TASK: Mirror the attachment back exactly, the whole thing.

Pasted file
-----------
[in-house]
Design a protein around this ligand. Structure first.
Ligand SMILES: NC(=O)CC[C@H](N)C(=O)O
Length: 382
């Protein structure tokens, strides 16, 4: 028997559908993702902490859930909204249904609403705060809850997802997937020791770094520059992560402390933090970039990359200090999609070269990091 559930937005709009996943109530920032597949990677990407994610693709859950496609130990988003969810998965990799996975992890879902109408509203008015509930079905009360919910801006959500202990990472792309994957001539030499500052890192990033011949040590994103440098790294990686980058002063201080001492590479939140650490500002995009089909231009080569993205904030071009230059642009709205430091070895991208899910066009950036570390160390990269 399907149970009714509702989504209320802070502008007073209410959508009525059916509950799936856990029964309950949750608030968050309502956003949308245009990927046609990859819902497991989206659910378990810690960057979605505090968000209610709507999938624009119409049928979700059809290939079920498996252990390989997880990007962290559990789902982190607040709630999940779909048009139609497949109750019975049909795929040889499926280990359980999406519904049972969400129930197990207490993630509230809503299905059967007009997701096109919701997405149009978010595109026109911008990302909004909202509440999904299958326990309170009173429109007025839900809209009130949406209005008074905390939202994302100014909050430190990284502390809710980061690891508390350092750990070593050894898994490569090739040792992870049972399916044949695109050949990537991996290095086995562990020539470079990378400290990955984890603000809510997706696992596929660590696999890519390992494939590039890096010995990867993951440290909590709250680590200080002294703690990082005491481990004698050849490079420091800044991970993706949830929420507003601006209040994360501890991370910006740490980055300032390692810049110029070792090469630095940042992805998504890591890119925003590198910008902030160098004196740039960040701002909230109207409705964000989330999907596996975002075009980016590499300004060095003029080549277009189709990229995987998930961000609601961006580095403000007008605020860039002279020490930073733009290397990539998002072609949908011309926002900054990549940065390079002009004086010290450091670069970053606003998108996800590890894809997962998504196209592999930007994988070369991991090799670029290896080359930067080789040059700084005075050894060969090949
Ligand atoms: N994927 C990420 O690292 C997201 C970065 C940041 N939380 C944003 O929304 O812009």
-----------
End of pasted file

[in-house]
Design a protein around this ligand. Structure first.
Ligand SMILES: NC(=O)CC[C@H](N)C(=O)O
Length: 382
């Protein structure tokens, strides 16, 4: 028997559908993702902490859930909204249904609403705060809850997802997937020791770094520059992560402390933090970039990359200090999609070269990091 559930937005709009996943109530920032597949990677990407994610693709859950496609130990988003969810998965990799996975992890879902109408509203008015509930079905009360919910801006959500202990990472792309994957001539030499500052890192990033011949040590994103440098790294990686980058002063201080001492590479939140650490500002995009089909231009080569993205904030071009230059642009709205430091070895991208899910066009950036570390160390990269 399907149970009714509702989504209320802070502008007073209410959508009525059916509950799936856990029964309950949750608030968050309502956003949308245009990927046609990859819902497991989206659910378990810690960057979605505090968000209610709507999938624009119409049928979700059809290939079920498996252990390989997880990007962290559990789902982190607040709630999940779909048009139609497949109750019975049909795929040889499926280990359980999406519904049972969400129930197990207490993630509230809503299905059967007009997701096109919701997405149009978010595109026109911008990302909004909202509440999904299958326990309170009173429109007025839900809209009130949406209005008074905390939202994302100014909050430190990284502390809710980061690891508390350092750990070593050894898994490569090739040792992870049972399916044949695109050949990537991996290095086995562990020539470079990378400290990955984890603000809510997706696992596929660590696999890519390992494939590039890096010995990867993951440290909590709250680590200080002294703690990082005491481990004698050849490079420091800044991970993706949830929420507003601006209040994360501890991370910006740490980055300032390692810049110029070792090469630095940042992805998504890591890119925003590198910008902030160098004196740039960040701002909230109207409705964000989330999907596996975002075009980016590499300004060095003029080549277009189709990229995987998930961000609601961006580095403000007008605020860039002279020490930073733009290397990539998002072609949908011309926002900054990549940065390079002009004086010290450091670069970053606003998108996800590890894809997962998504196209592999930007994988070369991991090799670029290896080359930067080789040059700084005075050894060969090949
Ligand atoms: N994927 C990420 O690292 C997201 C970065 C940041 N939380 C944003 O929304 O812009």